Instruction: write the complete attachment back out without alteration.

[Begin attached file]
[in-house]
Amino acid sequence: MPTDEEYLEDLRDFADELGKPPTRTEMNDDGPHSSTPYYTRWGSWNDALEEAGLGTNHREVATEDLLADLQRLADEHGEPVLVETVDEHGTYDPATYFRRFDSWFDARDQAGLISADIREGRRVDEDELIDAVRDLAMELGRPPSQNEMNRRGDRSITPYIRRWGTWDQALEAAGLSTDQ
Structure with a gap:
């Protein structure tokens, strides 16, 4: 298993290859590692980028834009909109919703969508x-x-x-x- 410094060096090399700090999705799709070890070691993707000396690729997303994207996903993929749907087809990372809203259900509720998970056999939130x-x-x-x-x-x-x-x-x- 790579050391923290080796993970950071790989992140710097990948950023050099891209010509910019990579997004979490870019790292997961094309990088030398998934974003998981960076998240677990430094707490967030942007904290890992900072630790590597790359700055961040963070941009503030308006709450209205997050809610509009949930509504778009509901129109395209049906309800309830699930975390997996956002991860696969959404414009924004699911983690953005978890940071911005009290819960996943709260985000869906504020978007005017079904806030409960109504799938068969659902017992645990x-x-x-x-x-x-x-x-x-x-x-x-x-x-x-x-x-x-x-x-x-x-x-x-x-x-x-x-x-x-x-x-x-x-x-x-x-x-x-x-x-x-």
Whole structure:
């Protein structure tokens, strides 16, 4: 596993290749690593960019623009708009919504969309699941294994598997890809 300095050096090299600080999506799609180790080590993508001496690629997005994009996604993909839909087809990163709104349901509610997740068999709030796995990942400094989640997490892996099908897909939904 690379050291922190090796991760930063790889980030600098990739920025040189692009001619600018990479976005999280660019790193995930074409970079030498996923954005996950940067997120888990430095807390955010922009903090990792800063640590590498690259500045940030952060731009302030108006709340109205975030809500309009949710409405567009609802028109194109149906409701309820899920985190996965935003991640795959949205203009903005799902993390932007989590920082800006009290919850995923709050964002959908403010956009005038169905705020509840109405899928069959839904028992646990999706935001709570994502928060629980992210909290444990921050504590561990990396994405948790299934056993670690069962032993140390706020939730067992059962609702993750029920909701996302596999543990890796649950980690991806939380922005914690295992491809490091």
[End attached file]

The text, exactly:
[in-house]
Amino acid sequence: MPTDEEYLEDLRDFADELGKPPTRTEMNDDGPHSSTPYYTRWGSWNDALEEAGLGTNHREVATEDLLADLQRLADEHGEPVLVETVDEHGTYDPATYFRRFDSWFDARDQAGLISADIREGRRVDEDELIDAVRDLAMELGRPPSQNEMNRRGDRSITPYIRRWGTWDQALEAAGLSTDQ
Structure with a gap:
């Protein structure tokens, strides 16, 4: 298993290859590692980028834009909109919703969508x-x-x-x- 410094060096090399700090999705799709070890070691993707000396690729997303994207996903993929749907087809990372809203259900509720998970056999939130x-x-x-x-x-x-x-x-x- 790579050391923290080796993970950071790989992140710097990948950023050099891209010509910019990579997004979490870019790292997961094309990088030398998934974003998981960076998240677990430094707490967030942007904290890992900072630790590597790359700055961040963070941009503030308006709450209205997050809610509009949930509504778009509901129109395209049906309800309830699930975390997996956002991860696969959404414009924004699911983690953005978890940071911005009290819960996943709260985000869906504020978007005017079904806030409960109504799938068969659902017992645990x-x-x-x-x-x-x-x-x-x-x-x-x-x-x-x-x-x-x-x-x-x-x-x-x-x-x-x-x-x-x-x-x-x-x-x-x-x-x-x-x-x-």
Whole structure:
């Protein structure tokens, strides 16, 4: 596993290749690593960019623009708009919504969309699941294994598997890809 300095050096090299600080999506799609180790080590993508001496690629997005994009996604993909839909087809990163709104349901509610997740068999709030796995990942400094989640997490892996099908897909939904 690379050291922190090796991760930063790889980030600098990739920025040189692009001619600018990479976005999280660019790193995930074409970079030498996923954005996950940067997120888990430095807390955010922009903090990792800063640590590498690259500045940030952060731009302030108006709340109205975030809500309009949710409405567009609802028109194109149906409701309820899920985190996965935003991640795959949205203009903005799902993390932007989590920082800006009290919850995923709050964002959908403010956009005038169905705020509840109405899928069959839904028992646990999706935001709570994502928060629980992210909290444990921050504590561990990396994405948790299934056993670690069962032993140390706020939730067992059962609702993750029920909701996302596999543990890796649950980690991806939380922005914690295992491809490091």